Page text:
Do the stresses differ between the sexes?

There’s no longer the clear-cut sanction for “masculine” and “feminine” roles at a time when young people are trying to figure out who they are. For a 13-year-old trying to figure out, “Am I a man or a woman and what does it mean?” it’s an added burden when society says, “Well, we’re not sure.”

Is the present sexual freedom imposed on young people too much for them?

At times it is, and it’s sad. Teenagers need time to discover where they’re going and what they’re about. Parents and teachers should take a stand. Young people desperately need to know what their parents believe in. Some parents are so intimidated by existing trends that they cannot sit down with their children and tell them firmly what they believe and want from them. If young people feel parents stand only for prevailing social trends, they are in a moral swampland.

Are certain social or racial groups specially prone to depression?

The incidence of severe psychological disturbance in young black people is very high. Depression, withdrawal, drugs, antisocial activity, violence are somehow related to the fact of high unemployment among black youth. The same is true for Chicano and Indian youth, who have a high suicide and alcoholism rate. It’s appalling.

How should one handle a troubled friend?

As in all human affairs, take seriously what a person says. If a person begins to lose his, or her, appetite, can’t sleep and feels low, you should respond. Try to talk about it with the person, which Lord knows is what we all want from one another—some sense of companionship and friendliness. You don’t need a psychiatrist to know that. If necessary, call in a doctor.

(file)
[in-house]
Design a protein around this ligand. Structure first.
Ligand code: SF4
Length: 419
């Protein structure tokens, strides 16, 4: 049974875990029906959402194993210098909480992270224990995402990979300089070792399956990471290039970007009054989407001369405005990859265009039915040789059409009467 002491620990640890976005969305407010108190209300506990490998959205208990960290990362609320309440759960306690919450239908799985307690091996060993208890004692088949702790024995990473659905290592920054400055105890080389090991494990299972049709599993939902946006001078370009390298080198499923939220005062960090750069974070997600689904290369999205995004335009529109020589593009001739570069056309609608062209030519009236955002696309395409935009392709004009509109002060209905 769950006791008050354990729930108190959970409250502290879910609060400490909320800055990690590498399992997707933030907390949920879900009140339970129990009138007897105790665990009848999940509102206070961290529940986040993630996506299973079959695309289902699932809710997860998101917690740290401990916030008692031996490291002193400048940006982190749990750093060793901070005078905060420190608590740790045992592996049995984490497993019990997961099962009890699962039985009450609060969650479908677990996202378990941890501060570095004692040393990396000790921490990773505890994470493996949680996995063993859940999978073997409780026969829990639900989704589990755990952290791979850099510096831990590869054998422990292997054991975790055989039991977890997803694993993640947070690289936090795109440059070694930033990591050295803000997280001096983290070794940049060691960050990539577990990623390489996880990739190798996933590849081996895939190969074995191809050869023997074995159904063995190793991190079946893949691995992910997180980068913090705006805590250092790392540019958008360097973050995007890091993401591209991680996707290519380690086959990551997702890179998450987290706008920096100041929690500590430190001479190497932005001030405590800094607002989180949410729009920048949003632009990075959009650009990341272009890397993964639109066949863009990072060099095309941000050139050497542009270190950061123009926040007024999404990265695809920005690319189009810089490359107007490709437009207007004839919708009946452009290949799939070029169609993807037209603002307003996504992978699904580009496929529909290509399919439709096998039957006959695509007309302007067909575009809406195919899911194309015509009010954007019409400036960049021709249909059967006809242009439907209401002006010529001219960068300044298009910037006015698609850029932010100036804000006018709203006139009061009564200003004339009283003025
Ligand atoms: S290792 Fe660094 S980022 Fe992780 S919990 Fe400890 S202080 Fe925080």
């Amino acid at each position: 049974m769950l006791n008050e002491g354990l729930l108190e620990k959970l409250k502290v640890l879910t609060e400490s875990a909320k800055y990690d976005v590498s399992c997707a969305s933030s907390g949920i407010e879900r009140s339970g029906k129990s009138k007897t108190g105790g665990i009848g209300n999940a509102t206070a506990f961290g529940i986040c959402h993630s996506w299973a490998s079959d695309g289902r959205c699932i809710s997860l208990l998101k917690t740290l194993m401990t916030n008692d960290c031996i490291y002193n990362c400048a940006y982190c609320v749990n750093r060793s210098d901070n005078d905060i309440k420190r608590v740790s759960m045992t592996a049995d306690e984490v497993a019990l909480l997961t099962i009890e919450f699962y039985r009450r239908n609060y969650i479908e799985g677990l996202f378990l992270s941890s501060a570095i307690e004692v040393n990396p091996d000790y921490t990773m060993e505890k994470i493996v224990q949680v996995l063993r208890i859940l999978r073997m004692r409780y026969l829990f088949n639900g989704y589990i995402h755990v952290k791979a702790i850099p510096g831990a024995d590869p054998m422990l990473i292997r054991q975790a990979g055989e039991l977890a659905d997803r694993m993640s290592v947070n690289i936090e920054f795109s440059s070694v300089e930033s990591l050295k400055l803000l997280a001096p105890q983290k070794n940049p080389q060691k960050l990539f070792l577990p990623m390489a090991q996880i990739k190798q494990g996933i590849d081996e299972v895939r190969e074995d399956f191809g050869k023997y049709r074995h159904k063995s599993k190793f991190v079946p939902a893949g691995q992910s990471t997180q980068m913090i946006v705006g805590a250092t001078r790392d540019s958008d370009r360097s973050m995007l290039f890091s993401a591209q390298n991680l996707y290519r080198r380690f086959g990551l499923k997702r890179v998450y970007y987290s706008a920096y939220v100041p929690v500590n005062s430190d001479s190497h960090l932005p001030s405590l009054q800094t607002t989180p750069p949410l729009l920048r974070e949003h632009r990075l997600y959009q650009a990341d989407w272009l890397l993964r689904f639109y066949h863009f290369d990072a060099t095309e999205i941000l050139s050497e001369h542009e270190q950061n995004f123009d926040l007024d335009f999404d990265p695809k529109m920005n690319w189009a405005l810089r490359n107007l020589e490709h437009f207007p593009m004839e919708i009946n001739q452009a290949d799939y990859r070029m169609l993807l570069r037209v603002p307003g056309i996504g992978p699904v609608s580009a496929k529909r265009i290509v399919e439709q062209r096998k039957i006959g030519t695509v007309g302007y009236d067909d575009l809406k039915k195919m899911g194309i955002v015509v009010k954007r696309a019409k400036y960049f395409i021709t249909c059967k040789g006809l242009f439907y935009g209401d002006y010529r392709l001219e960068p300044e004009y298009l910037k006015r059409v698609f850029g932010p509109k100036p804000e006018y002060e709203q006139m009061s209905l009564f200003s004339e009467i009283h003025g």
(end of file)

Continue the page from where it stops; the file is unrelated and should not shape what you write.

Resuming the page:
Why the cynicism of youth today?

If we’re brought up not to be interested in others, if indeed we are taught only the cult of oneself, particularly the cult of one’s psychological self, it is sad. If depression is one illness, there is another prevalent in American life: malignant self-centeredness, smug self-cultivation.

But youthful skepticism is “in” these days. Are there any dangers?

A certain kind of skepticism is necessary, but it can soon become sour suspicion of everyone and everything. The result can be lack of motivation to act at all since nothing has value.

How do you explain the ennui of youngsters with all the “advantages”?

Advantages have been given them without anything being asked of them. Parents say, “What can we get you and what can we do for you?” rather than, “What can we expect of you for your own sake and for others with whom you share this planet?” The whole emphasis is on what can be given a child for his greater happiness. Psychiatry has become an evil part of the process since it focuses on the child’s problems and needs. Children not only need to be understood, they need to understand, to realize their obligations. At times parents are terrorized by their own children. They’re afraid to say, “Look, we must do this.” It’s no wonder these children have no self-respect. They’re never challenged.

What skills must young people learn for psychic survival?